Friday, August 29, 2008

A Brief History of... Spudography?

While photography is my #1 passion, I do have other interests: Archaeology and history being two of them. As a result, two of my favorite rags are Smithsonian and Archaeology magazines.

While Archaeology magazine often features average, snapshot-quality, photos accompanying their incredibly interesting articles, Smithsonian magazine provides some amazing photography to illustrate theirs. Smithsonian also features articles, on a fairly regular basis, that focus on the history of photography and/or historically important photographers.

Recently, I had a doctor's appointment and, while waiting to see the Doc, I spotted a September, 2007, issue of Smithsonian lying in the waiting area. BTW, I get my medical care from the VA. (Veterans Administration) Apparently, the VA has lots of people who donate magazines. There's always stacks of them in the waiting areas, albeit they are mostly somewhat dated, usually by a few months or more. Sometimes much more. Although I often purchase Smithsonian, somehow I had missed purchasing that particular issue--I guess I should subscribe instead of buying @ newsstands--so I snatched it and immediately decided to bring it home with me. Generally, I don't exhibit thieving ways but I made an exception in this case. (I hope that didn't cost me much in Karma points.)

There's an article in the September, 2007, issue of Smithsonian that roused my curiosity as both a photographer and history buff. It's titled, "Color Comes to Photography."

According to the Smithsonian's report, "The most improbable object imaginable--the lowly, lumpy potato--played a leading role in the great leap forward of color photography."

It seems that, back in 1903, the Lumière brothers--notable figures in the history of photography whose family name may or may not have been hijacked as a term for the the measurement of luminous flux, i.e., the perceived power of light called lumens--developed a dazzling new photographic process they called autochrome. ( A process more commonly referred to as color photography.) The Lumières developed this exciting process with the help of some pommes de terre which, if you speak French, you know means potatoes. Yep! Potatoes! Those wonderful, starchy, veggies we cook in so many ways. The French, of course, also made a certain recipe for pommes de terre quite popular by peeling them, cutting them, cooking them in hot oil and salting them thus transforming potatoes into French Fries! (Thank you mon frers! But why do you Frenchies dip your fries in mayonnaise rather than ketchup? You guys lose gastronomy points for that odd and unappealing habit. Leastwise, in my book you do.)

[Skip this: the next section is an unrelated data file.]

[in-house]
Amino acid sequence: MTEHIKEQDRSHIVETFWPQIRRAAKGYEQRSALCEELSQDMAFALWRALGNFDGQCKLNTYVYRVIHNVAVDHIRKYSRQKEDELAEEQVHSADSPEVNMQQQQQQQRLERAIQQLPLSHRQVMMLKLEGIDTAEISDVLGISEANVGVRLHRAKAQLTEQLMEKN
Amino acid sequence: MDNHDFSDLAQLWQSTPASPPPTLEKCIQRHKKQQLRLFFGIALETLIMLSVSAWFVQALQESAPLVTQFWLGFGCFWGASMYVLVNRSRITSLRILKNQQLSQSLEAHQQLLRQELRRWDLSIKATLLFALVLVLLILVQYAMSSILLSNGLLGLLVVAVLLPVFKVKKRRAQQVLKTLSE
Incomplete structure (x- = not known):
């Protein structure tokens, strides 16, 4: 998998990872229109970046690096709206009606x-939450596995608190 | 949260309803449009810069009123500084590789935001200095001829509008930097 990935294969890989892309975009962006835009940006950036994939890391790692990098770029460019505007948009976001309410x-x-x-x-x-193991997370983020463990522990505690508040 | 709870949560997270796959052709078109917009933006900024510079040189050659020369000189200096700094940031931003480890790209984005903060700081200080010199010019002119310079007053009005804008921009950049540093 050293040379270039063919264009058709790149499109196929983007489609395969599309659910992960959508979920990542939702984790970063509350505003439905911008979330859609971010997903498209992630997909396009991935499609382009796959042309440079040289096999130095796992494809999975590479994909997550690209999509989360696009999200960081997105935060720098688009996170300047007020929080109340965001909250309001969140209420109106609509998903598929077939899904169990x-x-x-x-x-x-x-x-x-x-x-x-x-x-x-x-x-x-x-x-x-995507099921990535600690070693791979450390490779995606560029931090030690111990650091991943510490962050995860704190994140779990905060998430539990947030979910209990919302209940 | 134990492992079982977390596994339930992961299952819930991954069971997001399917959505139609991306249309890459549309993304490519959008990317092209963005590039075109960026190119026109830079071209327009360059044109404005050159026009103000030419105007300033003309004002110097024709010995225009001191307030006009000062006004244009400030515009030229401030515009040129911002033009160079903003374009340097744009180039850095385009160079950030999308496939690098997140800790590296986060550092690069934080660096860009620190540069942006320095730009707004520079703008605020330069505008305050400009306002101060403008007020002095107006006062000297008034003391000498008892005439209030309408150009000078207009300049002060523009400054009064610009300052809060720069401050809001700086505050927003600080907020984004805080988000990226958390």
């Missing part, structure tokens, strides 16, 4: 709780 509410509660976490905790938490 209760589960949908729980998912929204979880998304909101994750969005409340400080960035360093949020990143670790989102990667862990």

Anyway, somehow and someway those clever Lumière brothers figured out they could grind potatoes and apply the potato dust to photographic plates and, in so doing and with long exposures of a minute or so, manage to end up with a color image. How people figure this kind of stuff out is a total mystery to me. Potatoes into color photos? Go figure.

The lumières' new autochrome photographic plates were an immediate success and soon their factory was working overtime to meet the demand for potato-infused, color-producing plates. Famous photographers like Edward Steichen, Alfred Stieglitz, and Alvin Coburn were quick to embrace the new process. The Smithsonian article features some great examples of early 20th Century color spudography including a rare color portrait of Mr. Samuel Langhorne Clemens, a.k.a., Mark Twain.

The Lumières' autochrome process remained the king of color photography for over 30 years! Until it was dethroned, that is, by Kodachrome and Agfacolor film.

This update is, for the most part, a reprint of an article I wrote about a year ago for another blog. Here's a nice set of autochromes, courtesy of the George Eastman House, posted on Flickr.

1 comment:

Lin said...

I read an account of the potato's role in photography only last month. Amazing little vegetable eh?